A simple list of shit I’ve bought while scrolling Instagram: books Reese Witherspoon recommended; Glossier Cloud Paint; a leather club chair from West Elm; apple cider vinegar gummies; socks with my face on them; a BestSelf Co. journal; a sweater with a banana on it from a Brazilian clothier that plants a tree in the rainforest with every purchase; and, in the Before Times when groups could still congregate, a $35 fitness boot camp led by personal trainer and Bachelor Nation alum Peter Kraus.
Since appearing on season 13 of The Bachelorette (as Rachel Lindsay’s runner-up, who exited in the most dramatic breakup ever), Peter has #sponcon’ed his Instagram (427,000 followers) all the way to his own gym in Middleton, Wisconsin, and a boot camp series that runs across the United States. Still, I wonder: Is this really gonna be a workout? Or is this a group date? If you watch The Bachelor, you already know a group date is where a bunch of women participate in activities like pillow fighting, tackle football, and skiing in bikinis in order to win the affections of one man and “get a rose.” Who would do such a thing? Exceptionally photogenic 23-year-olds do such a thing. But what the Bachelor universe really needs is a 40-year-old sassy single mother in the Fantasy Suite for the right reasons, so in February I slapped on a sports bra and some Lululemons and made my way to the W Chicago–Lakeshore in Streeterville.
Peter walked into the penthouse event space filled with 30-something 30-something women in tank tops with slogans like “I Literally Can’t Even” and “All I Want Is Pizza and Abs,” and he was so gorgeous I was taken aback. For the entire warm-up, I sputtered to my bestie Heather about how long his legs are. I was still thinking about his eyes, which contain a multitude of colors — blue! green! gold! — as we moved into body weight work. Peter said he loves planks because they activate everything, and I thought, Activate this, Peter. It was time for pushups — the bane of my existence since the Presidential Fitness Test of 1992 — and Heather burst out laughing at my attempt. I shushed her so Peter wouldn’t ask if he could walk me out.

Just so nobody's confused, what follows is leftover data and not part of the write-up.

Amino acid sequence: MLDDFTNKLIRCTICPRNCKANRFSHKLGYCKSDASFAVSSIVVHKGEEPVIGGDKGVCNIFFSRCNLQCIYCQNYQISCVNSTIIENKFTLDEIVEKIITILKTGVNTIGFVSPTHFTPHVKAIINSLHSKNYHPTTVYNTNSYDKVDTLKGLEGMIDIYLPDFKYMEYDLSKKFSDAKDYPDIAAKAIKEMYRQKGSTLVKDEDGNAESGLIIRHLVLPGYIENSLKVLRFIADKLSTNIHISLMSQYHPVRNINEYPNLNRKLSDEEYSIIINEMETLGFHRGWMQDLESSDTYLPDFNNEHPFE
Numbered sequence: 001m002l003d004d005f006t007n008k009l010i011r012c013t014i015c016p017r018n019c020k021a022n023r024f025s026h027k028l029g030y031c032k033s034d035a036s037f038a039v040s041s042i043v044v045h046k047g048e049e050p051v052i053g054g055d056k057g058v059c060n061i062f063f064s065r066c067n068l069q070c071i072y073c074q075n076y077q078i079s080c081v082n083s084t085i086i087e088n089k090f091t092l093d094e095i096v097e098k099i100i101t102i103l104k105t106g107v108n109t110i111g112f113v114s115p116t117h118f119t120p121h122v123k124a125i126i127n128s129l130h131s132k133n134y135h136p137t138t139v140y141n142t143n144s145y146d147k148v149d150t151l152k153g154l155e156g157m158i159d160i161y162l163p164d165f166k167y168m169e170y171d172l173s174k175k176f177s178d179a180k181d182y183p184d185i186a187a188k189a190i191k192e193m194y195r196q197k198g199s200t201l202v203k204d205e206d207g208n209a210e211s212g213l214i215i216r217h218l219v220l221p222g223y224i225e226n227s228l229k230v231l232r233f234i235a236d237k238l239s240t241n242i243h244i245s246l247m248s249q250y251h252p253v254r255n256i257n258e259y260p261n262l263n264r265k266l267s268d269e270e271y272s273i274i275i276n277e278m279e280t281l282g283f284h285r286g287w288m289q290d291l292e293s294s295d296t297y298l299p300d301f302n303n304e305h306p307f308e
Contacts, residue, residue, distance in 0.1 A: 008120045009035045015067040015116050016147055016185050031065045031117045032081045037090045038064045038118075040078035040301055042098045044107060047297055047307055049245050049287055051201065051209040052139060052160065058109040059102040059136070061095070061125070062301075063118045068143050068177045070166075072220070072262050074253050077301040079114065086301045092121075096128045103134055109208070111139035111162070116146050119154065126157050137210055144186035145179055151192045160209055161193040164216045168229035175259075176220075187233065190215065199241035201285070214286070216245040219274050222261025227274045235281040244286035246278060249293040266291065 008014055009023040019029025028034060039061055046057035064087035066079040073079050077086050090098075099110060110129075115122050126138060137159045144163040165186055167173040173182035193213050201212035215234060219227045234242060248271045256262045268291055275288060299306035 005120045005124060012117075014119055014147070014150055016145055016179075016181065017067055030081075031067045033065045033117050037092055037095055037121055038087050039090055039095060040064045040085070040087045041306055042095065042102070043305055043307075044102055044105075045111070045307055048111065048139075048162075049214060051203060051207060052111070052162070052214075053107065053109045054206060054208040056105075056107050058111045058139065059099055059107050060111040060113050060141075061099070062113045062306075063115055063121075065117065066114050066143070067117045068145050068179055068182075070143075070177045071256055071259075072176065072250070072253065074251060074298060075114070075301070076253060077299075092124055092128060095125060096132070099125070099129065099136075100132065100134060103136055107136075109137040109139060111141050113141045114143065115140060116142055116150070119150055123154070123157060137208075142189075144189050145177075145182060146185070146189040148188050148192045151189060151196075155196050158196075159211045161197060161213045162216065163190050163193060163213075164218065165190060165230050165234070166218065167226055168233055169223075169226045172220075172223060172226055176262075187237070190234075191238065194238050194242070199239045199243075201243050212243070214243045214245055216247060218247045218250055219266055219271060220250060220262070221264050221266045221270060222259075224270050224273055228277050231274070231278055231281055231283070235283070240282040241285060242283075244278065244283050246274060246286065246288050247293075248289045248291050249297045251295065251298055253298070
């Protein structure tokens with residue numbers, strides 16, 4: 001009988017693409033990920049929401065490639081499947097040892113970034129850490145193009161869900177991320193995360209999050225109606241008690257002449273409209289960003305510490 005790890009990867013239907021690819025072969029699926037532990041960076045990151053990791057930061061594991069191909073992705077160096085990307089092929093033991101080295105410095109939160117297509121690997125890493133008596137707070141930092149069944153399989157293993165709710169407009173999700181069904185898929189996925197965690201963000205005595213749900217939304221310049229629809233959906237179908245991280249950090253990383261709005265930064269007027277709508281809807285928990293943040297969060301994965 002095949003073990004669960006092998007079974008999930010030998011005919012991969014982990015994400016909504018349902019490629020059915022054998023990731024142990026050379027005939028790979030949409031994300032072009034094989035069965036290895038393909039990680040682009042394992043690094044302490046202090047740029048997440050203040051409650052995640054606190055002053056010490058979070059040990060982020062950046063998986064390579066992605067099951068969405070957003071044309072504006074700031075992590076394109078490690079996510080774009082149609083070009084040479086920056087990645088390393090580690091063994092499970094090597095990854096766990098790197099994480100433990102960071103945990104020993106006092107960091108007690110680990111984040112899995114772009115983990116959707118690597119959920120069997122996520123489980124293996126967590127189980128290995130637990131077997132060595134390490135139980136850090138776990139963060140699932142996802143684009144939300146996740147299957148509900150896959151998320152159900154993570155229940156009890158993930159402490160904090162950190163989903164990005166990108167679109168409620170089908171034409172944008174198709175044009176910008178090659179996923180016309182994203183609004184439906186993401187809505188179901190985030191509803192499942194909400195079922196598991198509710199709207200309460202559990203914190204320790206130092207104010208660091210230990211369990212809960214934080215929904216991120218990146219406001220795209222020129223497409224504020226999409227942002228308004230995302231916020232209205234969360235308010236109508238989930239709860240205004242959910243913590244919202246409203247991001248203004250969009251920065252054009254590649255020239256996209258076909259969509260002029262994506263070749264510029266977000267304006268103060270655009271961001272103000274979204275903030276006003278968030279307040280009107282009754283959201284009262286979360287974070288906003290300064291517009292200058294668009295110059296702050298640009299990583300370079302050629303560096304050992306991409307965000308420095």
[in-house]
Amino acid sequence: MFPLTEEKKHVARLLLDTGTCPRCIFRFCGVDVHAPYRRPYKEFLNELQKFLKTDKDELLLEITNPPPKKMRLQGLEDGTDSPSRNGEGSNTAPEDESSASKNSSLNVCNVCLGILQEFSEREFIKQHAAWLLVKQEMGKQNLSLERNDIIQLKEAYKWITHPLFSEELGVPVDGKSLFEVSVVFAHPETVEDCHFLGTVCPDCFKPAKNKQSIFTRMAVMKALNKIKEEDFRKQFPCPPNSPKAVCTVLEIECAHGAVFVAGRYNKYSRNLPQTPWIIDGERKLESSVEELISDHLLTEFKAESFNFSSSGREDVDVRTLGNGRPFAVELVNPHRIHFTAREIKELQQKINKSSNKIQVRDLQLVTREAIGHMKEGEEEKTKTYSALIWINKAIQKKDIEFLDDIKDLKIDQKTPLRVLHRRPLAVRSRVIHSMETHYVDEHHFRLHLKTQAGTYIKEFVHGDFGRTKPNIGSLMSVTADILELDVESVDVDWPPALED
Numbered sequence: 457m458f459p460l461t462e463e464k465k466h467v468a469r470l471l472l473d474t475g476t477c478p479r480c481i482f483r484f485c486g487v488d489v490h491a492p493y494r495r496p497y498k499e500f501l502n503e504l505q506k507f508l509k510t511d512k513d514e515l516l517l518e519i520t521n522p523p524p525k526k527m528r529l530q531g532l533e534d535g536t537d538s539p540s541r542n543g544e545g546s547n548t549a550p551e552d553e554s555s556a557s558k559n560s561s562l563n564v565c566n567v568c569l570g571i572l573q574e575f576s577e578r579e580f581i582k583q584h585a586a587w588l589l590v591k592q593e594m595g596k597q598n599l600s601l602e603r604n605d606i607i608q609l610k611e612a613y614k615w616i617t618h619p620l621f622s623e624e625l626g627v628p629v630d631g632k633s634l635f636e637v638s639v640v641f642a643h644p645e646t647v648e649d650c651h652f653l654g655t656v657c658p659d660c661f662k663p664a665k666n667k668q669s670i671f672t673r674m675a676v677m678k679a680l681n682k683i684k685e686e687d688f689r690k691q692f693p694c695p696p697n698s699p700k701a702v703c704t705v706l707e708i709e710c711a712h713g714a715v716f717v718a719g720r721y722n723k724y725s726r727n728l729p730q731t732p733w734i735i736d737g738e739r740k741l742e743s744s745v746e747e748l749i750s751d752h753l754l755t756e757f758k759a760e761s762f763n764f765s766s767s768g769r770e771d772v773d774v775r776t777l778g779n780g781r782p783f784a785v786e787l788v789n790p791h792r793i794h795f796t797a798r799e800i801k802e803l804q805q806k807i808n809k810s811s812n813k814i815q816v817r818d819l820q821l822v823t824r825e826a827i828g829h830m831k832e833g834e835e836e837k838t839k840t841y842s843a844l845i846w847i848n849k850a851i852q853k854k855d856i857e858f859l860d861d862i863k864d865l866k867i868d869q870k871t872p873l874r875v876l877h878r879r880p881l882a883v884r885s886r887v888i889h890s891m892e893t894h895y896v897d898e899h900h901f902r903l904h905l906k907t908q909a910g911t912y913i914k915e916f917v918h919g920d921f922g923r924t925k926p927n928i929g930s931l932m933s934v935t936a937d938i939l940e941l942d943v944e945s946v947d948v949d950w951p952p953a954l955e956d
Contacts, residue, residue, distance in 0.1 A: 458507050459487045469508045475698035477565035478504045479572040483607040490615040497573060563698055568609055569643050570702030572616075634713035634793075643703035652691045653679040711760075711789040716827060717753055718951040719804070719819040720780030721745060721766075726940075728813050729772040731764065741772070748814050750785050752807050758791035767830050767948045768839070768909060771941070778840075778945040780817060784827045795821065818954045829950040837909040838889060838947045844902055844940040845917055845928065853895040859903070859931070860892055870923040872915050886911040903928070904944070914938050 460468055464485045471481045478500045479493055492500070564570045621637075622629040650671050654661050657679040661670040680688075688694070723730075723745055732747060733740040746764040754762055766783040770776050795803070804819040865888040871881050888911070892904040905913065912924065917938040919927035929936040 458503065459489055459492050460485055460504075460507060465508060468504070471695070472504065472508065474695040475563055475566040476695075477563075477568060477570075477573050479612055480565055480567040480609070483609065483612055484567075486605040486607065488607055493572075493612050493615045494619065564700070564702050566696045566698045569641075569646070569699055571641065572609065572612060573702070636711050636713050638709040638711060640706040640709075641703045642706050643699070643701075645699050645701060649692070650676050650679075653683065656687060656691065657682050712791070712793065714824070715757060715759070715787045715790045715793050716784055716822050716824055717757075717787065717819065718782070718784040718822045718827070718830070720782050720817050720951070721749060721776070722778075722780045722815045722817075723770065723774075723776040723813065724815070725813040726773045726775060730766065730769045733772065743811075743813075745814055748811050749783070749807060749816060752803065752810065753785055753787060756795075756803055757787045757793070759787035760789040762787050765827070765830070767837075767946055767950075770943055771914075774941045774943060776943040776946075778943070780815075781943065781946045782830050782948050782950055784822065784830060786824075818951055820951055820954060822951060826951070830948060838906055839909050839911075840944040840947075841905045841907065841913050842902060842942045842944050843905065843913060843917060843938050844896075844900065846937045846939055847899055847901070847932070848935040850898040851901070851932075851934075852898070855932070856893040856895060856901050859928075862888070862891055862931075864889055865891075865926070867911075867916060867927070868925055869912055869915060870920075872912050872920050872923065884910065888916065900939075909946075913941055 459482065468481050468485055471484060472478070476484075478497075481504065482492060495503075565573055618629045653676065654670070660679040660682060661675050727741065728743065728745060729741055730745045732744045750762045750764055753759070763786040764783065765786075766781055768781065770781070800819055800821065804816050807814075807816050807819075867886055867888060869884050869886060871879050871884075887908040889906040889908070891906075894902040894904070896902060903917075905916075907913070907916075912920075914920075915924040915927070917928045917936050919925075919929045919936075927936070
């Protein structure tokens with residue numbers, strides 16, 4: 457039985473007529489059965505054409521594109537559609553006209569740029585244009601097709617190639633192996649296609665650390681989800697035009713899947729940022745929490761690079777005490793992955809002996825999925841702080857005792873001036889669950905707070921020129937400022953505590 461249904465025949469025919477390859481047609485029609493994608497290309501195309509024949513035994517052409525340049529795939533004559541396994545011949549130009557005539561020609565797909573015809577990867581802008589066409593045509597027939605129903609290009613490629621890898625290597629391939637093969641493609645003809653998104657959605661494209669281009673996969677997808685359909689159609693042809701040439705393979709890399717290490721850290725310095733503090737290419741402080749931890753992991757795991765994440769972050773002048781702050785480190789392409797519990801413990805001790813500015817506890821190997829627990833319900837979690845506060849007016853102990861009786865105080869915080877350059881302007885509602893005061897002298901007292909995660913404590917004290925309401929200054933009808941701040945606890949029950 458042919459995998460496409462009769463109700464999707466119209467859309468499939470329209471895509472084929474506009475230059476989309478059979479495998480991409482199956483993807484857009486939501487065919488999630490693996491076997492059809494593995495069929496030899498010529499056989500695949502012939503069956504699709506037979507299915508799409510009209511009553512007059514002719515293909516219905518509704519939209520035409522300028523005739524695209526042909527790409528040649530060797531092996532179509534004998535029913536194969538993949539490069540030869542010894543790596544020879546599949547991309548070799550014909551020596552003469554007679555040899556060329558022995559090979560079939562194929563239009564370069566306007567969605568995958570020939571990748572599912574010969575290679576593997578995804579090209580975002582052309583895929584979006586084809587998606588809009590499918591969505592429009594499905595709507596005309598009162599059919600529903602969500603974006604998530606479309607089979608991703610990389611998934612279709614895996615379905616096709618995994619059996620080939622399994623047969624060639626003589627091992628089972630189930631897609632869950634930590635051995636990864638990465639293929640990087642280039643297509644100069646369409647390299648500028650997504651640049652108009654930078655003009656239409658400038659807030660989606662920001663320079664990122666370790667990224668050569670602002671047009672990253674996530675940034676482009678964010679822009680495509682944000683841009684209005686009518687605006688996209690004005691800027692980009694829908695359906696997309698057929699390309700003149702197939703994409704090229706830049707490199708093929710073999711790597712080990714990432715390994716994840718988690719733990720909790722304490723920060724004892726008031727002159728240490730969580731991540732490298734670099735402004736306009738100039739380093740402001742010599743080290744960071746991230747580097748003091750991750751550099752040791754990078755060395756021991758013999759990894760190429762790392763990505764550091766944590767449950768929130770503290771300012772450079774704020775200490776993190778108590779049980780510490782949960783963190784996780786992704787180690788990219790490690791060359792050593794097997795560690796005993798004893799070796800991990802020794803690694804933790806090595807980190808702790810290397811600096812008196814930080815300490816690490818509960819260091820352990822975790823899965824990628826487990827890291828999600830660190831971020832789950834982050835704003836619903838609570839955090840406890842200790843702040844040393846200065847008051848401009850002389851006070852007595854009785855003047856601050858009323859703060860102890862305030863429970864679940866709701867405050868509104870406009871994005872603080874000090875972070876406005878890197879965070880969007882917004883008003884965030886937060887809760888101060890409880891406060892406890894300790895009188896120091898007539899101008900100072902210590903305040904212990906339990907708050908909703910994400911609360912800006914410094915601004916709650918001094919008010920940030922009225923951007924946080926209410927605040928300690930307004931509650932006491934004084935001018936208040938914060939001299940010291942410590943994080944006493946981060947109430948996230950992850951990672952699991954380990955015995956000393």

During the cooldown, we lay on our mats while sexy music played, and I thought, If this were a real Bachelor date, I’d be stretched out with Peter while the camera lingered on a close-up of my ass. That horror sobered me up quick. When we joined the meet-and-greet line, I felt more like my regular self — that is, the one who’d need to hold the sink to lower my body down to the toilet the next day because my quads were on fire. After about 30 minutes of waiting, the shine of Insta-celebrity began to wane, and Heather and I were more focused on what we were going to eat for lunch than our impending photo with Peter. But we valiantly found the energy for a selfie and to inquire if Peter had found love yet. He told us that he’s currently not dating so many times that Heather and I exchanged a look like, Uh, calm down, bro, and eventually she said, “I’m married, and she’s dating someone,” just to reassure him. I was a little disappointed in Peter’s refusal to play along with the fantasy, but I suppose at the end of the day, he wasn’t there to make friends.